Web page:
For those of us who do not use sourdough starters, techniques such as using a poolish with whole wheat flour OR a minimum 2 hour autolyse of the whole wheat flour AND/OR an overnight refrigerator rise would probably eliminate most of the phytate, therefore increasing the bioavailability of the minerals in whole grain wheat or rye flour.

Some of us make fresh home made cheese from milk (such as ricotta, mozzarella or Indian paneer). Using the whey byproduct as the liquid in bread making would contribute to phytate reduction, as the whey is somewhat acidic. See this TFL thread for a discussion of using whey in breadmaking - http://www.thefreshloaf.com/node/7921/using-whey-liquid-substitute

 phytase reduction by soaking

Soundman's picture
Soundman

Thanks, subfuscpersona, that's a very informative post.

It also happens to confirm the method I've used for years in making WW bread: I make a preferment with all the WW flour for the recipe in it (around 40% of the total flour), and the hydration is a combination of water with buttermilk, which is somewhat acidic, of course. 

Lately the preferment I use has been a la Maggie Glezer (I think in her Ciabatta recipe from Craig Ponsford), meaning a tiny pinch of yeast in a 24 hour biga. My reason for putting all the WW in the preferment was based partly on enhancing the flavor, but also along the lines of a soaker, since some of the WW I use is coarsely ground. It's nice to know there's a nutritional payoff as well!

(And now I can bake WW bread without a cloud on the mental horizon.)

Soundman (David)

subfuscpersona's picture
subfuscpersona

Using unpasturized honey in your dough may help reduce phytate as honey is acidic (average pH = 4) - for more information see the National Honey Board site, especially pH and Acids in Honey

I almost always add unpasturized buckwheat honey to my whole wheat loaves. Buckwheat honey is not particularly sweet; it has a strong taste which complements whole grain flour (particularly whole wheat flour). I use from 2% to 5% (bakers percentage) honey in whole wheat doughs, varying the amount according to recipe.

Supermarket brands of honey are almost always pasturized. Try a farmer's market, health food store or natural foods store (I buy mine at the local farmer's market)

ehanner's picture
ehanner

subfuscpersona,
I also use Buckwheat Honey when ever possible. I really like the special taste of that variety and totally agree with you on how it helps WW and whole grain breads. The Chinese honey that is sold in most supermarkets is tasteless IMHO.

David:
When you use buttermilk for hydrating the soaker, do you keep it in the cooler? I've been making batches of Marks Multi grain  which starts with adding boiling water to the grains followed by a 12 hour wait/soak.  I wonder if there is a way to accomplish softening the course grains using buttermilk.  I wouldn't think boiled buttermilk would be  very good but I don't know for sure.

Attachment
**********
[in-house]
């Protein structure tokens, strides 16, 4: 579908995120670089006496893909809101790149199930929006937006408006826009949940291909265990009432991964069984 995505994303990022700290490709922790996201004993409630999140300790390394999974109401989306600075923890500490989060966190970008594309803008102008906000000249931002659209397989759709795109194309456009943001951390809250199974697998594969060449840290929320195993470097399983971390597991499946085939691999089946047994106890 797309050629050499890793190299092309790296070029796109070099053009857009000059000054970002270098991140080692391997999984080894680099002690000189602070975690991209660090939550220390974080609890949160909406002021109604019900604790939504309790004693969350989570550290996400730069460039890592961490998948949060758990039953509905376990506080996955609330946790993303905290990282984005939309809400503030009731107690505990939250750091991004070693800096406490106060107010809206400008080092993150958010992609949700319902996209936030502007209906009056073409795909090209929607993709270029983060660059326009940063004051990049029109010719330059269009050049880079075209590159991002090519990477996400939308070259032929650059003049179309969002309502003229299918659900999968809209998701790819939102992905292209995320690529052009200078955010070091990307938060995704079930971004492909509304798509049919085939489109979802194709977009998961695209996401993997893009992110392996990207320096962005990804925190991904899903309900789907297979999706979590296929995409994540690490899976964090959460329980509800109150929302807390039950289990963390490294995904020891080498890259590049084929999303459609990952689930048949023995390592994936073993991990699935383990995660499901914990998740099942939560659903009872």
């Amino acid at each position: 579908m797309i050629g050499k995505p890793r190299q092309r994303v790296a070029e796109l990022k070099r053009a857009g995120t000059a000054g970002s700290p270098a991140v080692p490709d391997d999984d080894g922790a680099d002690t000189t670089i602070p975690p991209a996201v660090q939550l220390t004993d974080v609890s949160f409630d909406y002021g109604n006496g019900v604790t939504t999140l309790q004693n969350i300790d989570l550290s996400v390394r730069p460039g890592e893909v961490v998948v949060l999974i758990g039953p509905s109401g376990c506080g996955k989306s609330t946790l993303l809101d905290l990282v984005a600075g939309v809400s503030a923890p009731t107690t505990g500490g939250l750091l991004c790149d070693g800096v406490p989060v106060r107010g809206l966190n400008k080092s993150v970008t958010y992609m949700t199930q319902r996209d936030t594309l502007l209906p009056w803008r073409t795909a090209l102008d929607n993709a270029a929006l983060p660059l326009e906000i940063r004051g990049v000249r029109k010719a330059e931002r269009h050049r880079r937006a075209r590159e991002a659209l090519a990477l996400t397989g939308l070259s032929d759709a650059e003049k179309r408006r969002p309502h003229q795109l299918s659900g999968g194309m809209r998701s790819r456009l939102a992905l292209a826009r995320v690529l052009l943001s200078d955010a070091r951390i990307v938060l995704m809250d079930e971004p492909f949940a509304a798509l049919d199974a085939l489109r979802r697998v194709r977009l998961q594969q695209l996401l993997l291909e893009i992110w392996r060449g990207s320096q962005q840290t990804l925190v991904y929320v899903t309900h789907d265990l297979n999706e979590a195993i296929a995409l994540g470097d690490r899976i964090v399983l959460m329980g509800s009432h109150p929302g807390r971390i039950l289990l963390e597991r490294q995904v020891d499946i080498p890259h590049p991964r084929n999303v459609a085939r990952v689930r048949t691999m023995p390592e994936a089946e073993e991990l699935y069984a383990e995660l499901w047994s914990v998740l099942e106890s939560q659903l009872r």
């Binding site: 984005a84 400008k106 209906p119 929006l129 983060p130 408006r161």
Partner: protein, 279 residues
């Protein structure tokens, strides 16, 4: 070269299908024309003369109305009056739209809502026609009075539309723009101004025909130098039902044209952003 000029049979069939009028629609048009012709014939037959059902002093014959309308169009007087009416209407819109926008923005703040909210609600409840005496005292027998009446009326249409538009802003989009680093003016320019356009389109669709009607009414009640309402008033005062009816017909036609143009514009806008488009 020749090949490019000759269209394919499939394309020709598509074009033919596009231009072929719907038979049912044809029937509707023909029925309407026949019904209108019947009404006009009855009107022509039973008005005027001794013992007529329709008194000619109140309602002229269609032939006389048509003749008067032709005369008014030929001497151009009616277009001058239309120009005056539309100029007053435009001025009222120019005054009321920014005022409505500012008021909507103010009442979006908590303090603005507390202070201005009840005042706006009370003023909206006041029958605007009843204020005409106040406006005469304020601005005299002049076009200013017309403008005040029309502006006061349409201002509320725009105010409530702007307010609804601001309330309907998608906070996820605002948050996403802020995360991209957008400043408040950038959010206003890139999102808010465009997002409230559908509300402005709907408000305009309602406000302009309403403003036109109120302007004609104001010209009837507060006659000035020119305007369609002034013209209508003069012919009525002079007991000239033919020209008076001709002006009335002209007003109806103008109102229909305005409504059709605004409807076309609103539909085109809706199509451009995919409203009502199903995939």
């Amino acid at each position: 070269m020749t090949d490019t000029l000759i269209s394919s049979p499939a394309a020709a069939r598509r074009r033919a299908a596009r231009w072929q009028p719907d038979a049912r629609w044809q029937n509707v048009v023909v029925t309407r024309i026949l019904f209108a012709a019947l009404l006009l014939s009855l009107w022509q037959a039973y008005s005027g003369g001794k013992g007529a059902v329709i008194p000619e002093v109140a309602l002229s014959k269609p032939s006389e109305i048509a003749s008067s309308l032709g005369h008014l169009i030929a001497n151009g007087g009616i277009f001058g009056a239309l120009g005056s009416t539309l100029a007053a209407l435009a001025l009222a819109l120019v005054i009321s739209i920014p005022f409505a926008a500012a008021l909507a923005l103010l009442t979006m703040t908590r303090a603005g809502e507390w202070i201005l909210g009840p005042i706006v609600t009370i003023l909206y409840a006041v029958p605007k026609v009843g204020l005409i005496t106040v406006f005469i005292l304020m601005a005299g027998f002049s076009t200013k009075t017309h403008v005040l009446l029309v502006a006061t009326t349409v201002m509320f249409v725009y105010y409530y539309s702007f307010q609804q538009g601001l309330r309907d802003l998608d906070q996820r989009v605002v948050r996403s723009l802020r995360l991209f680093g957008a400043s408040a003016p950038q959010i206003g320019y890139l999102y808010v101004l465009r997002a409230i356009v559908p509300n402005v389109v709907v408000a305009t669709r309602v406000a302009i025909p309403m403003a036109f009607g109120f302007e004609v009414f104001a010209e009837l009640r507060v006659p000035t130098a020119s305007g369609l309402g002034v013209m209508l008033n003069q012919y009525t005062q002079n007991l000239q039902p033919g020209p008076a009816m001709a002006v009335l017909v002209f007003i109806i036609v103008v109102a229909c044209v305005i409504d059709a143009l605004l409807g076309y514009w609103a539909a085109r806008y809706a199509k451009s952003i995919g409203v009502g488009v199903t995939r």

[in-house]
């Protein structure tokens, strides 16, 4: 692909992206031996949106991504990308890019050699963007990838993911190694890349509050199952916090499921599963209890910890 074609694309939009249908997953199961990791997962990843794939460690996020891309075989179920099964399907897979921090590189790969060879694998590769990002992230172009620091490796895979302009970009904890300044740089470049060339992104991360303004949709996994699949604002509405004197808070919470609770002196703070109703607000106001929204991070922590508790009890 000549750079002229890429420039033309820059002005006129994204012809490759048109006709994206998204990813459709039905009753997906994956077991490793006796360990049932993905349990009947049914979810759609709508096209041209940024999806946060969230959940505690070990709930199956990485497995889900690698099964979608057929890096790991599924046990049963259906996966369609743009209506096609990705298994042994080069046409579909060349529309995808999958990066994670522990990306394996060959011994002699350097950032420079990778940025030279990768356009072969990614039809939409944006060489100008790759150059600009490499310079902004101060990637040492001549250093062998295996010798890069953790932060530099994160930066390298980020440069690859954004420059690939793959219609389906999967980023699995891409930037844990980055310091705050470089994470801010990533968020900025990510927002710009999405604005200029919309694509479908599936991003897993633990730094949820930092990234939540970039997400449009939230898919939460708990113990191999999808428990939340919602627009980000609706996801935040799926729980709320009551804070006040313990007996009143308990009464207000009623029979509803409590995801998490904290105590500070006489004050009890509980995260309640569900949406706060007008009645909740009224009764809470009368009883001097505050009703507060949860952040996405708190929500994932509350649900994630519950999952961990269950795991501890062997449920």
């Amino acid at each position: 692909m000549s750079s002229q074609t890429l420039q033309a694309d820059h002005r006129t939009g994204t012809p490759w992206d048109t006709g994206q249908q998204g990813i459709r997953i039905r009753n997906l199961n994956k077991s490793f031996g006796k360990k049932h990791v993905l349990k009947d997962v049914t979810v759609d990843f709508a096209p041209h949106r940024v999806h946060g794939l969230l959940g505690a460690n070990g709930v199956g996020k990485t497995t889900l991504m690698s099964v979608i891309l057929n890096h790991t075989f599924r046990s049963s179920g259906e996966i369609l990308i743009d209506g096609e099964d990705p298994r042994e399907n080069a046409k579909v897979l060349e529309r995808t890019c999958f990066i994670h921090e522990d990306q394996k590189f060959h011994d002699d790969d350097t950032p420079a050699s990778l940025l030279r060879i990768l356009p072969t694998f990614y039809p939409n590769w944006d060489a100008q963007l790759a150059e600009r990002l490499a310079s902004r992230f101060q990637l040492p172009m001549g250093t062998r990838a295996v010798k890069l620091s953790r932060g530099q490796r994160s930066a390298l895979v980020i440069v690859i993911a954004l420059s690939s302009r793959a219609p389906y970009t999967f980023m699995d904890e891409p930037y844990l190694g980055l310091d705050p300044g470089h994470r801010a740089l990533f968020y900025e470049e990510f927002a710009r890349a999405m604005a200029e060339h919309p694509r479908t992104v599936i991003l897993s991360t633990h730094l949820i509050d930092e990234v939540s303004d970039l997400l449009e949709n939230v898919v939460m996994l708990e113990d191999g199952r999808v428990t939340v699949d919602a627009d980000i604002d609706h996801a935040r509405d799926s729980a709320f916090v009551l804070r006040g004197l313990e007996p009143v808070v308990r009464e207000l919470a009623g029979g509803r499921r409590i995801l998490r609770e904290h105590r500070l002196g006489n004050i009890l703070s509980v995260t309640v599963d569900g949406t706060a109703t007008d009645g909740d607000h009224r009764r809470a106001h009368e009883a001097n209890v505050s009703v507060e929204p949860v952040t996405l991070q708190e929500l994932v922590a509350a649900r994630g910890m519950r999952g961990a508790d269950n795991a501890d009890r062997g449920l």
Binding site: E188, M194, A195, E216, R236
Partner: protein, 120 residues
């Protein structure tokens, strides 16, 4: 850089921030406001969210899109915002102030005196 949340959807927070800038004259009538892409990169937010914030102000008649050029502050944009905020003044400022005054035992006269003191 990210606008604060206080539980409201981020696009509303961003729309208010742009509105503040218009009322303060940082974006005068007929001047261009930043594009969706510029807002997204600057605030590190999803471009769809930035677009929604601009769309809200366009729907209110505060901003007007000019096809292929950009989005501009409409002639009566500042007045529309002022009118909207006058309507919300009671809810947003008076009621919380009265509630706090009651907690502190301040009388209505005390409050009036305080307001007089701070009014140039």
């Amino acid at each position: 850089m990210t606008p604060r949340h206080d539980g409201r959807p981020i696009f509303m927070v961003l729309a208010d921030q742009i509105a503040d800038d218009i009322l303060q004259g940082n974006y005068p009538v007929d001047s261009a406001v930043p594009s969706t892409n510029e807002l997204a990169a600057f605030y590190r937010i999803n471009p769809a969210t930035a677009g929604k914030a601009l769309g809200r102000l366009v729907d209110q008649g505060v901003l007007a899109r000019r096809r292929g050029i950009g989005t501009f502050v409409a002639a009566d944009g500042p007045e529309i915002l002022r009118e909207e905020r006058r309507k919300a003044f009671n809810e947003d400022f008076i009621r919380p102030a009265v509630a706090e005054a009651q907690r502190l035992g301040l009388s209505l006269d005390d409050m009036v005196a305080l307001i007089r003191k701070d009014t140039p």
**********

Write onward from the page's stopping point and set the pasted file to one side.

Eric 

Soundman's picture
Soundman

Eric,

I've been using buttermilk in some preferments for several years now. I got the idea reading one of Reinhart's books. I'm not sure if he was suggesting the buttermilk in the preferment or the main dough, but he mentioned it as a softener of the crumb. I experimented and found it worked well (in conjunction with water) in a preferment. It adds a little sour to the medium which the yeast appear to appreciate.

As to its temperature, I often put a half cup or more into the microwave for 20 seconds to take the chill off, unless I want to cool the dough down as in hot weather like we're having in the Northeast. In that case I'll put it into the mix straight out of the fridge. After the biga ripens (6 hours yesterday, e.g.) I refrigerate it overnight. Next day I take it out an hour before mixing, and add it to my dough.

More to your point, I'm not sure I would boil the buttermilk. For the kind of soaker you're talking about, I would boil the water and simply take the chill of the buttermilk in the wave. That should still work fine for softening the grain and adding acidity as well.

Soundman (David)

subfuscpersona's picture
subfuscpersona

A little (ummm - OK - a lot) 'net research has yielded the pH values for dairy whey from *home made* fresh cheese - the pH range is 5 - 6. This makes it slightly less acidic than the 4.5 pH cited in the study (above).

That study showed that a one hour soak in a 4.5 pH solution heated to 45C / 113F largely eliminates phytates in wheat and rye. I'm willing to bet that a dairy whey by-product, if used in a poolish or other preferment that typically develops over a 8-12 hour period, would definitely contribute to phytate reduction, even if the water was "room temperature" (low 70s F).

Don't confuse liquid whey from cheese making with the "sweet" powdered whey sold as a food supplement - they're not the same.

And for those of you who want a simple refresher on pH ...

============= pH scale ============

pH is a measure of the acidity or alkalinity of a solution. For all practical purposes, the pH scale ranges from 0 (acidic) to 14 (alkaline) - 7 is the neutral point.

cheers - SF